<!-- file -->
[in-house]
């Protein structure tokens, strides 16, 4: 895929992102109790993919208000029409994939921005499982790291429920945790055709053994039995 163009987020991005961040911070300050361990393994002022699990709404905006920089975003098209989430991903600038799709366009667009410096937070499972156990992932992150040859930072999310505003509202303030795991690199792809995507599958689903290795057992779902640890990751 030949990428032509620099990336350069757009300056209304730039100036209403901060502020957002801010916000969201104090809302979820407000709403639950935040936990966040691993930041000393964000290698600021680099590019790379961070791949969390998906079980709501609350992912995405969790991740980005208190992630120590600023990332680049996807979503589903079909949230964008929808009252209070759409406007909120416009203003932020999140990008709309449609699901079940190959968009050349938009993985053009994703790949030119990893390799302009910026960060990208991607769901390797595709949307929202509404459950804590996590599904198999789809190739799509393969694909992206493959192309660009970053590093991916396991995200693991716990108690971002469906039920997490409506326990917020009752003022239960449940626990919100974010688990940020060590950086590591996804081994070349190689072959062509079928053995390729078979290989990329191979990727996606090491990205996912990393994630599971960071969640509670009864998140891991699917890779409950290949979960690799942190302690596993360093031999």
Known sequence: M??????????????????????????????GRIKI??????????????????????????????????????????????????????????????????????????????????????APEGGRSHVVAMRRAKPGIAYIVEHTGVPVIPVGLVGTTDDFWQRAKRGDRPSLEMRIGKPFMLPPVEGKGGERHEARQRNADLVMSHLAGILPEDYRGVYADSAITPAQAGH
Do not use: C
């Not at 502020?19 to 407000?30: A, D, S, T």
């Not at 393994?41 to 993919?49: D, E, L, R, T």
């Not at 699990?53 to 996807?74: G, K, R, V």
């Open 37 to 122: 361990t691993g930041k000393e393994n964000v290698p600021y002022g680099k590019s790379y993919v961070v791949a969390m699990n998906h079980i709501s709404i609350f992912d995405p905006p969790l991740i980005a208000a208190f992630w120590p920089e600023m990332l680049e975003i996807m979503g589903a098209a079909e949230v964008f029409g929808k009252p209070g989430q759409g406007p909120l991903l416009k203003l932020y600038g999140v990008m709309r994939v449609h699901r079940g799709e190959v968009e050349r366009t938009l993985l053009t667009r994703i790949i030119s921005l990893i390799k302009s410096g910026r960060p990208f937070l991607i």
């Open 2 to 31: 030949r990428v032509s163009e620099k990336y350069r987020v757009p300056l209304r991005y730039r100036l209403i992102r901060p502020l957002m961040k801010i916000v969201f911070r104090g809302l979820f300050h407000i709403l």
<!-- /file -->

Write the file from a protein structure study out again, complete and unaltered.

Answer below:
[in-house]
């Protein structure tokens, strides 16, 4: 895929992102109790993919208000029409994939921005499982790291429920945790055709053994039995 163009987020991005961040911070300050361990393994002022699990709404905006920089975003098209989430991903600038799709366009667009410096937070499972156990992932992150040859930072999310505003509202303030795991690199792809995507599958689903290795057992779902640890990751 030949990428032509620099990336350069757009300056209304730039100036209403901060502020957002801010916000969201104090809302979820407000709403639950935040936990966040691993930041000393964000290698600021680099590019790379961070791949969390998906079980709501609350992912995405969790991740980005208190992630120590600023990332680049996807979503589903079909949230964008929808009252209070759409406007909120416009203003932020999140990008709309449609699901079940190959968009050349938009993985053009994703790949030119990893390799302009910026960060990208991607769901390797595709949307929202509404459950804590996590599904198999789809190739799509393969694909992206493959192309660009970053590093991916396991995200693991716990108690971002469906039920997490409506326990917020009752003022239960449940626990919100974010688990940020060590950086590591996804081994070349190689072959062509079928053995390729078979290989990329191979990727996606090491990205996912990393994630599971960071969640509670009864998140891991699917890779409950290949979960690799942190302690596993360093031999």
Known sequence: M??????????????????????????????GRIKI??????????????????????????????????????????????????????????????????????????????????????APEGGRSHVVAMRRAKPGIAYIVEHTGVPVIPVGLVGTTDDFWQRAKRGDRPSLEMRIGKPFMLPPVEGKGGERHEARQRNADLVMSHLAGILPEDYRGVYADSAITPAQAGH
Do not use: C
């Not at 502020?19 to 407000?30: A, D, S, T």
């Not at 393994?41 to 993919?49: D, E, L, R, T």
């Not at 699990?53 to 996807?74: G, K, R, V």
């Open 37 to 122: 361990t691993g930041k000393e393994n964000v290698p600021y002022g680099k590019s790379y993919v961070v791949a969390m699990n998906h079980i709501s709404i609350f992912d995405p905006p969790l991740i980005a208000a208190f992630w120590p920089e600023m990332l680049e975003i996807m979503g589903a098209a079909e949230v964008f029409g929808k009252p209070g989430q759409g406007p909120l991903l416009k203003l932020y600038g999140v990008m709309r994939v449609h699901r079940g799709e190959v968009e050349r366009t938009l993985l053009t667009r994703i790949i030119s921005l990893i390799k302009s410096g910026r960060p990208f937070l991607i």
């Open 2 to 31: 030949r990428v032509s163009e620099k990336y350069r987020v757009p300056l209304r991005y730039r100036l209403i992102r901060p502020l957002m961040k801010i916000v969201f911070r104090g809302l979820f300050h407000i709403l």